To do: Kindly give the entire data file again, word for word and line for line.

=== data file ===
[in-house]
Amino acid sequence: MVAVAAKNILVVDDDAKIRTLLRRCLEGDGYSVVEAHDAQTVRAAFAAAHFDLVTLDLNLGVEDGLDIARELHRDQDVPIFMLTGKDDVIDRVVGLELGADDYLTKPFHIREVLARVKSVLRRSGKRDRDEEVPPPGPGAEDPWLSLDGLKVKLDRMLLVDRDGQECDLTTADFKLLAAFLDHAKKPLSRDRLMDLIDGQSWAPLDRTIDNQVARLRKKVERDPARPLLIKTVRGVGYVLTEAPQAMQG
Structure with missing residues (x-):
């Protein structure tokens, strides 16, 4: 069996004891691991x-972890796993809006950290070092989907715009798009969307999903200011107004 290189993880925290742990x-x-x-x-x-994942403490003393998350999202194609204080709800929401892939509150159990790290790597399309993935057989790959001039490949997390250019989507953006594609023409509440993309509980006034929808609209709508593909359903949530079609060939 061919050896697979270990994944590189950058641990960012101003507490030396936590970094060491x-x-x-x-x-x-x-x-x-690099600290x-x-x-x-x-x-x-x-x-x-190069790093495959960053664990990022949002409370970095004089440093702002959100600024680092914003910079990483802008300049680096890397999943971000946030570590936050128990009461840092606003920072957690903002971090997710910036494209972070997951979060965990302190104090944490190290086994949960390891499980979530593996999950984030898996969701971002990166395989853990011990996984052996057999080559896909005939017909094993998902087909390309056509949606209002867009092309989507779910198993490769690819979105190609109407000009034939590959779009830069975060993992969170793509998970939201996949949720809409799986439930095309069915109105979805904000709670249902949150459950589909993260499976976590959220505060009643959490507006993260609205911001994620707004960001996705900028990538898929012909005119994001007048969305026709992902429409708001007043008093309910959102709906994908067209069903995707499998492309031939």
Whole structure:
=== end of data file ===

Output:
[in-house]
Amino acid sequence: MVAVAAKNILVVDDDAKIRTLLRRCLEGDGYSVVEAHDAQTVRAAFAAAHFDLVTLDLNLGVEDGLDIARELHRDQDVPIFMLTGKDDVIDRVVGLELGADDYLTKPFHIREVLARVKSVLRRSGKRDRDEEVPPPGPGAEDPWLSLDGLKVKLDRMLLVDRDGQECDLTTADFKLLAAFLDHAKKPLSRDRLMDLIDGQSWAPLDRTIDNQVARLRKKVERDPARPLLIKTVRGVGYVLTEAPQAMQG
Structure with missing residues (x-):
């Protein structure tokens, strides 16, 4: 069996004891691991x-972890796993809006950290070092989907715009798009969307999903200011107004 290189993880925290742990x-x-x-x-x-994942403490003393998350999202194609204080709800929401892939509150159990790290790597399309993935057989790959001039490949997390250019989507953006594609023409509440993309509980006034929808609209709508593909359903949530079609060939 061919050896697979270990994944590189950058641990960012101003507490030396936590970094060491x-x-x-x-x-x-x-x-x-690099600290x-x-x-x-x-x-x-x-x-x-190069790093495959960053664990990022949002409370970095004089440093702002959100600024680092914003910079990483802008300049680096890397999943971000946030570590936050128990009461840092606003920072957690903002971090997710910036494209972070997951979060965990302190104090944490190290086994949960390891499980979530593996999950984030898996969701971002990166395989853990011990996984052996057999080559896909005939017909094993998902087909390309056509949606209002867009092309989507779910198993490769690819979105190609109407000009034939590959779009830069975060993992969170793509998970939201996949949720809409799986439930095309069915109105979805904000709670249902949150459950589909993260499976976590959220505060009643959490507006993260609205911001994620707004960001996705900028990538898929012909005119994001007048969305026709992902429409708001007043008093309910959102709906994908067209069903995707499998492309031939």
Whole structure: